In 1949, Graham became the first female faculty member in IIT's engineering department, and the first female graduate student accepted into its Mechanical, Materials and Aerospace Engineering program. IIT had to make an adjustment upon her arrival: converting a small closet into a ladies restroom. Later that year, Graham earned a master's degree in mechanical engineering, the first woman at IIT to do so.[

Even early in her career, Graham received attention for being a woman in a male-dominated field. In September 1953, Graham was featured in Popular Science, which ran a picture of her, identified as "Lois G. McDowell."
A woman engineer, Lois G. McDowell, teaches thermodynamics at Illinois Tech. She is glad that other women, at her school and elsewhere, are studying to become engineers. Popular Science, September 1953.
Graham was a fellow life member of the Society of Women Engineers, which she joined in 1952, two years after it was founded. At SWE, Graham's worked focused on increasing the number of women pursuing careers in engineering, science, and math. She wrote articles published by SWE advocating for improving the career counseling available to young women, and for increasing the recruitment of young women into the engineering field in order to end a shortage of engineers in the country. To bolster her arguments, Graham marshaled allies by citing other influential people from outside academia who had spoken favorably about women in engineering. For example, in one article, Graham employed a quote by Arthur Sherwood Flemming (then the Director of the Office of Defense Mobilization, and later US President Dwight D. Eisenhower's Secretary of Health, Education and Welfare), in which he said, "[W]e haven't got a chance in the world of taking care of that deficit of engineers... unless we get women headed in the direction of engineering schools." Graham argued that young women could not only help themselves, but also help their country, by pursuing careers in engineering.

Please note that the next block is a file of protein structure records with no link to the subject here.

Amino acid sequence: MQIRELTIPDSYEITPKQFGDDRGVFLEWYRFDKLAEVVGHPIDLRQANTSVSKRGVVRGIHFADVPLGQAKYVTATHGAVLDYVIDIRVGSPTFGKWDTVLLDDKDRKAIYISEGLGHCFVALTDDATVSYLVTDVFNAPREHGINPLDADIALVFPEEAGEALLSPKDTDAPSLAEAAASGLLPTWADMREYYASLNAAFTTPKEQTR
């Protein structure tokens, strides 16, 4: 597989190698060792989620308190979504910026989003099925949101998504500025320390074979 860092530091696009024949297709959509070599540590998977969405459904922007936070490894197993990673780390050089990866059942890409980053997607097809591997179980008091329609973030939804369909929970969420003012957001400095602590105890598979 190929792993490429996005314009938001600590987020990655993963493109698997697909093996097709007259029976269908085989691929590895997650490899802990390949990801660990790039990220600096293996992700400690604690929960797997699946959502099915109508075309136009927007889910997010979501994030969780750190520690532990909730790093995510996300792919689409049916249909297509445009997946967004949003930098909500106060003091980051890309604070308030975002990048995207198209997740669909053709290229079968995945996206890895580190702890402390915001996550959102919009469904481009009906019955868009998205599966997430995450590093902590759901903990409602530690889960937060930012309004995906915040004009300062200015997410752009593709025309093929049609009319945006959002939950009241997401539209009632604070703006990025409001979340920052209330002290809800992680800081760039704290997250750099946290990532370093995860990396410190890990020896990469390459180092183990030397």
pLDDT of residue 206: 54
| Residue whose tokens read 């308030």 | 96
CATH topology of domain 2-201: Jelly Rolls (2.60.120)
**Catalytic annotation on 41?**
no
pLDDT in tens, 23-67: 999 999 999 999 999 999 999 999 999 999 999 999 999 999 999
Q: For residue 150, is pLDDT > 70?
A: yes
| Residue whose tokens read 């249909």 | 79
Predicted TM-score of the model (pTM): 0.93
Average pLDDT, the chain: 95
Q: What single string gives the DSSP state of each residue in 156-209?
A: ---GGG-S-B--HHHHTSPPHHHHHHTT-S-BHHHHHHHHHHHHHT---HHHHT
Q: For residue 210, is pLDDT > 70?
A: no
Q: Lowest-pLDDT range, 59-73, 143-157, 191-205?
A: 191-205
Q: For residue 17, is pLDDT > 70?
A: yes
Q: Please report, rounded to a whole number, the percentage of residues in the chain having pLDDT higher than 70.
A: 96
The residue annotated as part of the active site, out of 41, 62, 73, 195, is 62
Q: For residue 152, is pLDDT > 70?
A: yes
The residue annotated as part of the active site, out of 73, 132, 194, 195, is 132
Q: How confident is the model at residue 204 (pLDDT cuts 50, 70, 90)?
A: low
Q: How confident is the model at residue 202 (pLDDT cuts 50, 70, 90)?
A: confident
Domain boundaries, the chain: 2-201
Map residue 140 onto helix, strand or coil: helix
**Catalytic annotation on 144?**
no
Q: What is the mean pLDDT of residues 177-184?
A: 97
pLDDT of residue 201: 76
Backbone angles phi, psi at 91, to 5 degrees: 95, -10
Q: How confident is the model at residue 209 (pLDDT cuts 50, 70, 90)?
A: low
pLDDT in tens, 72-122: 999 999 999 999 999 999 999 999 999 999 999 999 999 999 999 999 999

Graham served as SWE's fourth national president from 1955 until 1956. In 1955, SWE released a 40-page report entitled Women in Engineering, aimed at influencing how female engineers were viewed by the public. Graham has said in an interview that an early title under consideration for the booklet was "Petticoats and Slide Rules." The report listed accredited engineering programs, their curricula and prerequisites. It also included information about scholarships for women, statistics about women in the engineering field, and suggested reading lists. SWE distributed the Women in Engineering booklet to over 400 high schools around the United States, as well as colleges and universities, corporations and government agencies, and engineering societies. Ultimately, the enthusiastic response led to SWE running out of copies of Women in Engineering, and a new edition was issued in 1958.